With Ethereum validators no longer required to process rollup transactions in the Blob, rollup blocks can get bigger, include more transactions, and finally achieve the sub-second finality targets of the Ethereum roadmap. Furthermore, the added benefit of layer-1 validators not interpreting rollup data is their inability to front-run those transactions, eliminating MEV manipulation.

Data availability lets rollups include their blockchain data as Blobs into the mainnet block data without its validators performing the heavy-duty work of processing those transactions and still securing Ethereum’s guarantees.

Ethereum Danksharding
Post Proto-Danksharding block propagation | Source:

Danksharding marks the full realization of Ethereum’s scalability potential. Proto-danksharding introduced a cheaper way for Ethereum rollups to add data to the Ethereum mainnet, where they committed block data as Blobs. 

In full Danksharding, rollups would commit not 1 but 64 Blobs to each Ethereum block during consensus, effectively sharding the network. The main difference between traditional sharding proposals and Danksharding is while the former proposals defined ways to add more blocks, making more space for transactions, the latter creates more space for data. Danksharding relies on layer-2 protocols to leverage this space to support high-throughput transactions.

The Wider Context

The rollup-centric future forges the path for Ethreum’s role in Web3 as it matures into a decentralized and secure network capable of harboring millions of average users globally. The roadmap foresees that: 

  • Ethereum is the data and security layer for Web3. 
  • Users are accessing Ethereum via applications built on layer-2 execution environments frequently.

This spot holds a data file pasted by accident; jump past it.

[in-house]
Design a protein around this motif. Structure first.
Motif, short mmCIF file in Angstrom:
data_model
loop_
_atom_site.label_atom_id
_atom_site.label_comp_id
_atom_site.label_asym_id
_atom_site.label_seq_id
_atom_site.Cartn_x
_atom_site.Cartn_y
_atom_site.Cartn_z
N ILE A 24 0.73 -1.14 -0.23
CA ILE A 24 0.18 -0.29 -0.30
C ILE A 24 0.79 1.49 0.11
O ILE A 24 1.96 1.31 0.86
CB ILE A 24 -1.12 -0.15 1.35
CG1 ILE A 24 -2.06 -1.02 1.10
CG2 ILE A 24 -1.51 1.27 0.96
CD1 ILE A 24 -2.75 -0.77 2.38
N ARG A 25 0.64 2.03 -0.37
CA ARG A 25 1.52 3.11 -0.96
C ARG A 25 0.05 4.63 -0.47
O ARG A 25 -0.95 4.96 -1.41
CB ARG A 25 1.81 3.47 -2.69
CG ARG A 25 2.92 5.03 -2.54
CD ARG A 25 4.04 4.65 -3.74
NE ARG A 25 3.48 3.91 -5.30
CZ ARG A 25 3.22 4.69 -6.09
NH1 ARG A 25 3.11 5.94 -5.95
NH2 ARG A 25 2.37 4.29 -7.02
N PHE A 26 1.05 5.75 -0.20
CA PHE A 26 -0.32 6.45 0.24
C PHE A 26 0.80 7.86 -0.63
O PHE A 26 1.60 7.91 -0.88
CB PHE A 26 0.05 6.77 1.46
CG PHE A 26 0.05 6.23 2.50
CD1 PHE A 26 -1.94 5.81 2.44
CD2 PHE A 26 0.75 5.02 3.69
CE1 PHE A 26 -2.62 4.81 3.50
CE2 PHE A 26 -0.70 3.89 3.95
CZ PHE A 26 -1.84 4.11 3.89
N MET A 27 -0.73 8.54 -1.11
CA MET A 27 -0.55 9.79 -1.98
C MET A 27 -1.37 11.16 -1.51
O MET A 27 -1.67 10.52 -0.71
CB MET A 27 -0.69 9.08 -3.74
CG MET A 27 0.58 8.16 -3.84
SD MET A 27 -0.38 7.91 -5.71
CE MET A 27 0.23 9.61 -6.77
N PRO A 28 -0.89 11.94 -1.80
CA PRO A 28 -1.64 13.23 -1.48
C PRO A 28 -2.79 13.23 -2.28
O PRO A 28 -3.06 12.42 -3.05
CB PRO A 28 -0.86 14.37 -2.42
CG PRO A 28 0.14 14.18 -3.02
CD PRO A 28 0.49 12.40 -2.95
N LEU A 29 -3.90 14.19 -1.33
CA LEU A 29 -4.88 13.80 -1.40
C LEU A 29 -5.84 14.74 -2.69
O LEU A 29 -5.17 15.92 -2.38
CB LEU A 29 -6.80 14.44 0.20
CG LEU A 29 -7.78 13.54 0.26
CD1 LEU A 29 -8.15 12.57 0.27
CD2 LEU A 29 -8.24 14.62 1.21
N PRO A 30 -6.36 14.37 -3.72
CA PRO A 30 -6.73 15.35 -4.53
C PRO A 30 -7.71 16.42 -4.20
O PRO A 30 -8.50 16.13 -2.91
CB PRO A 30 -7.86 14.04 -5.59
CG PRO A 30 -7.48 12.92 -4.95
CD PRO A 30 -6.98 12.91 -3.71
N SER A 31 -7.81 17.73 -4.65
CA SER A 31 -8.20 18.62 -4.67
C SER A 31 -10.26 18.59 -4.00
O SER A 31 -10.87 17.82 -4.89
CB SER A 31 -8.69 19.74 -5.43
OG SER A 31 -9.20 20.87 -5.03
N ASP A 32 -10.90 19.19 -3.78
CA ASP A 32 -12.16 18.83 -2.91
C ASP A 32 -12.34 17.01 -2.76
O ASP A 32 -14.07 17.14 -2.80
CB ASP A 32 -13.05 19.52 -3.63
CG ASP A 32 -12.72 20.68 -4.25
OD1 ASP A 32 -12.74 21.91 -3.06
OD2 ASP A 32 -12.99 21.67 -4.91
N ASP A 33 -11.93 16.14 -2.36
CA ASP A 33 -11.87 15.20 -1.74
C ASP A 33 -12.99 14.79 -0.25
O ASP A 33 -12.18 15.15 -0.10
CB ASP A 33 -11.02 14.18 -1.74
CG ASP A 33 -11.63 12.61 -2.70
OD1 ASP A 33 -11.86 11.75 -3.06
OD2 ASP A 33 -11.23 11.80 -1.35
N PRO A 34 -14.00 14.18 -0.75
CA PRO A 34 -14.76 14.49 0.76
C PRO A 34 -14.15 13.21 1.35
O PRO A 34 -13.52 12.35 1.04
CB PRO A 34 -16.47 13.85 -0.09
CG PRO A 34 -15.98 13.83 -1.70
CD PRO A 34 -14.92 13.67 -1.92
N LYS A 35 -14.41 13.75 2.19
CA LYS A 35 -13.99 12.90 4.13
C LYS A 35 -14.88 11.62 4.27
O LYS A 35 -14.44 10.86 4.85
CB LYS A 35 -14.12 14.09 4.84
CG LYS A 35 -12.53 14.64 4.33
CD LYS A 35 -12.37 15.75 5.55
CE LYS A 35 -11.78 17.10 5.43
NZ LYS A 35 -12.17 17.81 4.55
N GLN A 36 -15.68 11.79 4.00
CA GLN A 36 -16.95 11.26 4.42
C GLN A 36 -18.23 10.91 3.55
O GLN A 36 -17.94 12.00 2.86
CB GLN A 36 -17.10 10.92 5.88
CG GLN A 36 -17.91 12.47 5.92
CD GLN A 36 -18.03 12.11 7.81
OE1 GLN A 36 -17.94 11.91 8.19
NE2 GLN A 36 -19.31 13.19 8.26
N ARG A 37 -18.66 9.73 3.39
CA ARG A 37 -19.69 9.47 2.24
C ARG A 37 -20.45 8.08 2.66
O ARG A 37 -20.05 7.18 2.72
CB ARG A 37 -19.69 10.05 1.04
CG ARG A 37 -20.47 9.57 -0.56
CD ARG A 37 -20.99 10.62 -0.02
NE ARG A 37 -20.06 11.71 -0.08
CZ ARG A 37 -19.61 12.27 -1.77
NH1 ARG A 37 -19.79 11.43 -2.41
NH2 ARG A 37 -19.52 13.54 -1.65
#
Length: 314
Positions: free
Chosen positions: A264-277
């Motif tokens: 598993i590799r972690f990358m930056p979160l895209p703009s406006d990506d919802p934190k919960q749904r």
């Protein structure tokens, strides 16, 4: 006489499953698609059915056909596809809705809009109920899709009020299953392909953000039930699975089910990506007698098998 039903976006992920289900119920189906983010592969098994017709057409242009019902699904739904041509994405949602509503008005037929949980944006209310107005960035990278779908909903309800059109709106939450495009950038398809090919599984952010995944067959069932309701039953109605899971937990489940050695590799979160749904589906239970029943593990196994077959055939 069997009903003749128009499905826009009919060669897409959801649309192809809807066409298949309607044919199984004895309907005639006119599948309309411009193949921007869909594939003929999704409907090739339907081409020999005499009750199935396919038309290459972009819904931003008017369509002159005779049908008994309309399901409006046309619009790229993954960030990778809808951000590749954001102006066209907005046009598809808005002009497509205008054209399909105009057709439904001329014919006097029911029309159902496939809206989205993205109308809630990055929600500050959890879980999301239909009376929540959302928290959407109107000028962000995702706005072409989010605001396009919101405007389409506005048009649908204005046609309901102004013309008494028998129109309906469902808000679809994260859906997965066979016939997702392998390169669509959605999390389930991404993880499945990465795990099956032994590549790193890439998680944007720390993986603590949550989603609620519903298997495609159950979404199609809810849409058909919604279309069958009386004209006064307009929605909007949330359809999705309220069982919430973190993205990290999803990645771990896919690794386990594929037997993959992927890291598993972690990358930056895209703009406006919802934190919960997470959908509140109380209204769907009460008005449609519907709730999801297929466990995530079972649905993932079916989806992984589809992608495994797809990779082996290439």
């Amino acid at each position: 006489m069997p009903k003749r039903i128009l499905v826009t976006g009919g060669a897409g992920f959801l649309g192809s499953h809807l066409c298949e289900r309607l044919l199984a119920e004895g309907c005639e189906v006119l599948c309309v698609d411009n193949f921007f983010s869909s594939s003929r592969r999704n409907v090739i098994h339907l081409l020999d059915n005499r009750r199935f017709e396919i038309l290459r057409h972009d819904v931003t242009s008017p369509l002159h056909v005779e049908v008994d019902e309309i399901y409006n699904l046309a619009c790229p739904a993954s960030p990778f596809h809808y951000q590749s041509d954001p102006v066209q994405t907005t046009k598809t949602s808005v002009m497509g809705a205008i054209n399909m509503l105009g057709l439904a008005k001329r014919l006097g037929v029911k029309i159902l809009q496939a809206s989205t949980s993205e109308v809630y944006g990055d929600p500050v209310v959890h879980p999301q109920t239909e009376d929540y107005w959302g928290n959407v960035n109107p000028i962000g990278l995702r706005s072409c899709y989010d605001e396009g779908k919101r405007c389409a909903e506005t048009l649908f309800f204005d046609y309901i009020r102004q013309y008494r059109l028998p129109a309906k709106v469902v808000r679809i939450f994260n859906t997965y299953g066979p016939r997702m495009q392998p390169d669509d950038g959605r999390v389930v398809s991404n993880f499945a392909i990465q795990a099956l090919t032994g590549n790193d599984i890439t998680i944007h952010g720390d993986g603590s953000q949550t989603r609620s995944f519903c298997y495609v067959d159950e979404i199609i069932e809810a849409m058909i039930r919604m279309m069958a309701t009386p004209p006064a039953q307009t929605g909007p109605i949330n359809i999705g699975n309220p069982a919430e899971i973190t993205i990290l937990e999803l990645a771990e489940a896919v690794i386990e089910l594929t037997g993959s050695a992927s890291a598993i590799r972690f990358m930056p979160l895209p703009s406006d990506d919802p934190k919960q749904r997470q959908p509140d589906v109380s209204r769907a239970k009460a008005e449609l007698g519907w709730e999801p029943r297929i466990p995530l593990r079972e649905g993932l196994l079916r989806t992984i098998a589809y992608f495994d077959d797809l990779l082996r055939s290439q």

• Layer-2 ecosystems offer high throughput while harnessing the Ethereum mainnet’s security guarantees.

This roadmap addresses Vitalik’s first transition. The modularization of the Ethereum stack, where the mainnet evolves into the data layer of Web3 and decentralized applications live on rollups, accentuates the growing importance of layer-2 protocols in the future.

Extensive Use of Smart Contract Wallets

The rollup-centric roadmap solves the scalability problem, making the Ethereum ecosystem more accessible. The next transition calls for improving the experience of using Ethereum so that more people use its scalability capabilities. 

“The whole point of digital technology, blockchains included, is to make it easier for humans to engage in very complicated tasks without having to exert extreme mental effort or live in constant fear of making mistakes” -Vitalik Buterin.

A smart contract wallet is managed by a contract rather than an Ethereum account (also called EOA, Externally Owned Account), users with a private key. Smart contract wallets deploy an on-chain wallet contract that can store funds like a typical wallet. The contract wallet is accessed with the owner’s private keys, which can sign transactions for the wallet contract.

Smart contract wallets are a familiar idea. To secure inter-chain transfers, cross-chain communication protocols use smart contract wallets like multi-sig and MPC (Multi-Party Computation) wallets. However, some novel applications for smart contracts wallets will mark essential pitstops on the road to the global adoption of Ethereum.

ERC-4337: Account Abstraction

In Ethereum, account abstraction enables smart contract functionality for wallets, opening doors to advanced wallet designs capable of upgrading abilities like social recovery and customization. The need for account abstraction arises from the limited capabilities of EOAs. While both EOAs and smart contracts can hold, send, or receive tokens, EOAs rely on private keys to sign such transactions. 

ERC-4337 removes this limitation. An ERC-4337 wallet, or smart contract wallet, is managed by, as the name suggests, smart contracts and performs all the roles of an EOA without needing any protocol-level changes to work. With ERC-4337, Smart contract wallets will precipitate Vitalik’s transitions - Improving wallet security and innovations in privacy, enabling features that are crucial for making blockchains accessible for average users like:

  • Easy wallet setup
  • Account recovery
  • User-friendly wallet operations
  • Human error compensated security
  • Flexibility to pay gas with any ERC-20 token.

Reforms in Address Management

Smart contract wallets will improve security by: